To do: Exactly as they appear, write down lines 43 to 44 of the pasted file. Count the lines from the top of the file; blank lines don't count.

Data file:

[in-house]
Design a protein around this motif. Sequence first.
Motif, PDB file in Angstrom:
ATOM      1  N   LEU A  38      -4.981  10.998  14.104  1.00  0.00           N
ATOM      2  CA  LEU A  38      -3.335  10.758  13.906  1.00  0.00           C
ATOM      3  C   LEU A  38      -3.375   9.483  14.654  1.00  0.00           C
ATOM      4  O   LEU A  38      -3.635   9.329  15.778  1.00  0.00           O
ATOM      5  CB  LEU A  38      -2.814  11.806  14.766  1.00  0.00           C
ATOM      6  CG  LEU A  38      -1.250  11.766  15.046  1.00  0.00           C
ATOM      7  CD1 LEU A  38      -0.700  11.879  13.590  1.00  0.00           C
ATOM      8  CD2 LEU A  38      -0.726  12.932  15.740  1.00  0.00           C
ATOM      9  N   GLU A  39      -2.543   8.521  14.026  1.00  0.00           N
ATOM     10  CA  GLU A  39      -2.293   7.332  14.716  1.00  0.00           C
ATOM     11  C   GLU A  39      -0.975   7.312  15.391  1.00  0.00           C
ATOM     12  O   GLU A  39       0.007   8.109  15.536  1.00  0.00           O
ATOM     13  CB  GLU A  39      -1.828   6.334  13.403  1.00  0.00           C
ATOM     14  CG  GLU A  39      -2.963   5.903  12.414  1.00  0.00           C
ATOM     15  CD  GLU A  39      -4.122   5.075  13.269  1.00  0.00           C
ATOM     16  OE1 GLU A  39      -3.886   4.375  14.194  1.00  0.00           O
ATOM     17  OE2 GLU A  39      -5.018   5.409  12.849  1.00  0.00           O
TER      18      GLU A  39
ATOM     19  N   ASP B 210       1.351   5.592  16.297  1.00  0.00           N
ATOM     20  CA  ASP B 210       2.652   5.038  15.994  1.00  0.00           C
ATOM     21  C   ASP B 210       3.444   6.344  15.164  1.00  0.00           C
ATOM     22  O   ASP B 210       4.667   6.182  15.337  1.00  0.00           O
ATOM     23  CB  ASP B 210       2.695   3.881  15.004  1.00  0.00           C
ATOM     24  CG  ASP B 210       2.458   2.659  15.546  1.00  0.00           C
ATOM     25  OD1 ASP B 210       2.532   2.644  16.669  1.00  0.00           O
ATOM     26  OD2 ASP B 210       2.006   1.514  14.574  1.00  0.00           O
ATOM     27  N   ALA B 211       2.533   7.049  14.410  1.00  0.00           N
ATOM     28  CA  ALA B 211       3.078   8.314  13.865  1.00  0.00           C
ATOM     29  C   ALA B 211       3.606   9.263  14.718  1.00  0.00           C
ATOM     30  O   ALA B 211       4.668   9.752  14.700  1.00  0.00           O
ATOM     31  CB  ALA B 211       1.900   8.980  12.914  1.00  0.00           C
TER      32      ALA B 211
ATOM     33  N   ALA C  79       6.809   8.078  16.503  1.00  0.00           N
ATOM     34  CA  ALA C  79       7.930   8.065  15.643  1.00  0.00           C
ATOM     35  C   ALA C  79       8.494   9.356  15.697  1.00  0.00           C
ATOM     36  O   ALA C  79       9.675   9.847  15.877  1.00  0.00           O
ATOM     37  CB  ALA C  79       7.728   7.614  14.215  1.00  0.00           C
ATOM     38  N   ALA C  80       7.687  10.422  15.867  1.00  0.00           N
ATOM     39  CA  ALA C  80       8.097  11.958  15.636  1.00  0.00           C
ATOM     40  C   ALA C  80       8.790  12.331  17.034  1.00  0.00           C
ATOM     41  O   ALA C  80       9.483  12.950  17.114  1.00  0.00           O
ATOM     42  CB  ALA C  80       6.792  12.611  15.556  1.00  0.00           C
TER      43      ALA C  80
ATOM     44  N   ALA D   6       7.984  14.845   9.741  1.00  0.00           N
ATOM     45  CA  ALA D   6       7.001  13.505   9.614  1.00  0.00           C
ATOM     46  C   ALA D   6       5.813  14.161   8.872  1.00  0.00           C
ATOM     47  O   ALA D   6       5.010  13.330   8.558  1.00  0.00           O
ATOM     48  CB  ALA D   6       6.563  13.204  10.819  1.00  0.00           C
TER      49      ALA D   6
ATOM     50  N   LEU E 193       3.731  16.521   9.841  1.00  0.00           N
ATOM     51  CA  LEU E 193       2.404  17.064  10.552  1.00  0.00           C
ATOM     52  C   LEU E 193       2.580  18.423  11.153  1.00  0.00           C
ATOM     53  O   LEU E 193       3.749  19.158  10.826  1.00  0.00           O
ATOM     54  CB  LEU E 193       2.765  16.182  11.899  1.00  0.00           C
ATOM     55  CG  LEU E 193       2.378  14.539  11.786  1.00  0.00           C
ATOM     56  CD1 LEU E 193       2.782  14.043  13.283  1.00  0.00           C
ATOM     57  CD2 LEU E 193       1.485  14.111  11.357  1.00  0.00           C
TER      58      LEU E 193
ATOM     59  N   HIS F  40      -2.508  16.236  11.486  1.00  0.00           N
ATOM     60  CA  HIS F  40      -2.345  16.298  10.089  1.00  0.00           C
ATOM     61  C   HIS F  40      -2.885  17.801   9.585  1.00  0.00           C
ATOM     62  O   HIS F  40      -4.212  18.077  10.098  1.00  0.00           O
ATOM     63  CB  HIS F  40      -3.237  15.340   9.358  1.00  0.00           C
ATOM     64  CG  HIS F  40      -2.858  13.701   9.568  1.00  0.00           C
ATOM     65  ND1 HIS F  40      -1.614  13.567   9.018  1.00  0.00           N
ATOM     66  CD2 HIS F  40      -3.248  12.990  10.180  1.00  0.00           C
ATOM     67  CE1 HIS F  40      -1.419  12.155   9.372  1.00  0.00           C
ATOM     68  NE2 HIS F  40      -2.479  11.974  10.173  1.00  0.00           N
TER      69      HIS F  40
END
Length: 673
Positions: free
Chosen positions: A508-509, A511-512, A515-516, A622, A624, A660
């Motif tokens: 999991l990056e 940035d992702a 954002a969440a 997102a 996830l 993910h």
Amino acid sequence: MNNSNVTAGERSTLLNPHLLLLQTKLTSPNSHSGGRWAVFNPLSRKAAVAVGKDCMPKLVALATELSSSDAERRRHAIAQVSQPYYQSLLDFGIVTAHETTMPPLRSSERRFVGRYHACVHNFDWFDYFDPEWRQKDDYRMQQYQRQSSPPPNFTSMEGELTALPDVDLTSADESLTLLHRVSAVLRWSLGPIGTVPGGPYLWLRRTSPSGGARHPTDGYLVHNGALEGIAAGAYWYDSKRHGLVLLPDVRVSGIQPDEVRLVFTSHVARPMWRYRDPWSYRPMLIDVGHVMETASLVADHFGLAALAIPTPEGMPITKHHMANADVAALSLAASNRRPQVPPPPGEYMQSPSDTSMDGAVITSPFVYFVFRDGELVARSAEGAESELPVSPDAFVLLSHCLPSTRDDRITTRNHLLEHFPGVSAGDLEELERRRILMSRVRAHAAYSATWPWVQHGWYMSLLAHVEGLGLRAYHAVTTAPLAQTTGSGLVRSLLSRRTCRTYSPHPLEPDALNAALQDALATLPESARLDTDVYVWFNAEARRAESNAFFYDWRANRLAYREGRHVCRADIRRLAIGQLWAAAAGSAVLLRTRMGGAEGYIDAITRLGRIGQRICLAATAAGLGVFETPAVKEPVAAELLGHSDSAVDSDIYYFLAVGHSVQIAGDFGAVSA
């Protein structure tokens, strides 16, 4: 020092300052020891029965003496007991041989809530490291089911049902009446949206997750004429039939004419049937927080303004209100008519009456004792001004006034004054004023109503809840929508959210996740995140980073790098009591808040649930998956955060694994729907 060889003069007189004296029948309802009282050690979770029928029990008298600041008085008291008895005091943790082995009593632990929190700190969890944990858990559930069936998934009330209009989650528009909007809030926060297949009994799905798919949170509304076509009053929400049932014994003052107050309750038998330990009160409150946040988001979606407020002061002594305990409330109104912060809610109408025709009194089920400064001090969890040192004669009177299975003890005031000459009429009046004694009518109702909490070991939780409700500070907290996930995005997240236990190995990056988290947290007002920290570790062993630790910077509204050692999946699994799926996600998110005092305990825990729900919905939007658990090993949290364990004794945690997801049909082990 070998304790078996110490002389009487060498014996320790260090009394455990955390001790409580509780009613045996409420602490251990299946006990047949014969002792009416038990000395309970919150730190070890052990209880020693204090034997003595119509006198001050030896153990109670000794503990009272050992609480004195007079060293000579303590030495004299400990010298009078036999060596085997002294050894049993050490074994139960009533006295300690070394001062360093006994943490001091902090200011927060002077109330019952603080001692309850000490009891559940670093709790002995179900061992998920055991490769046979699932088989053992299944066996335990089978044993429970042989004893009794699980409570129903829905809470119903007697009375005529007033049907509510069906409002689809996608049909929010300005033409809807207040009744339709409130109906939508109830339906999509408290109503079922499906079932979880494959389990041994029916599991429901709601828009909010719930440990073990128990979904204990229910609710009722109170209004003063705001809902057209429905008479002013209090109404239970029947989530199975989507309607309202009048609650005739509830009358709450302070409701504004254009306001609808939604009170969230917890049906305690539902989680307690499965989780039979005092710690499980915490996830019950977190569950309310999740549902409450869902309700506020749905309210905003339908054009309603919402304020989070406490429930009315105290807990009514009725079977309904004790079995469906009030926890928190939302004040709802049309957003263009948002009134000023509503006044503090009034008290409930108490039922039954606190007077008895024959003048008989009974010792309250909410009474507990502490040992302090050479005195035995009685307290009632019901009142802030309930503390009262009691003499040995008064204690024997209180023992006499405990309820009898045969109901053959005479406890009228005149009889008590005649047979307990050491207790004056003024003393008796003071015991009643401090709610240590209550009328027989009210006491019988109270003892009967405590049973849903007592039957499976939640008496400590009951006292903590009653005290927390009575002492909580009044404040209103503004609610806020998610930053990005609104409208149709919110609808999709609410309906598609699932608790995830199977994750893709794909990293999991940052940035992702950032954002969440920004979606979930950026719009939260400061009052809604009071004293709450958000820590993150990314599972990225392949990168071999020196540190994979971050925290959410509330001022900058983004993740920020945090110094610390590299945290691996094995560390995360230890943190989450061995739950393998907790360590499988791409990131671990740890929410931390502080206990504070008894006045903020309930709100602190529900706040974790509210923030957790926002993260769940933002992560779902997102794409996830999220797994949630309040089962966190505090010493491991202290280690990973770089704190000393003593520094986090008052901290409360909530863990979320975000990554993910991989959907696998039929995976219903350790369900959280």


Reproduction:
ATOM     40  C   ALA C  80       8.790  12.331  17.034  1.00  0.00           C
ATOM     41  O   ALA C  80       9.483  12.950  17.114  1.00  0.00           O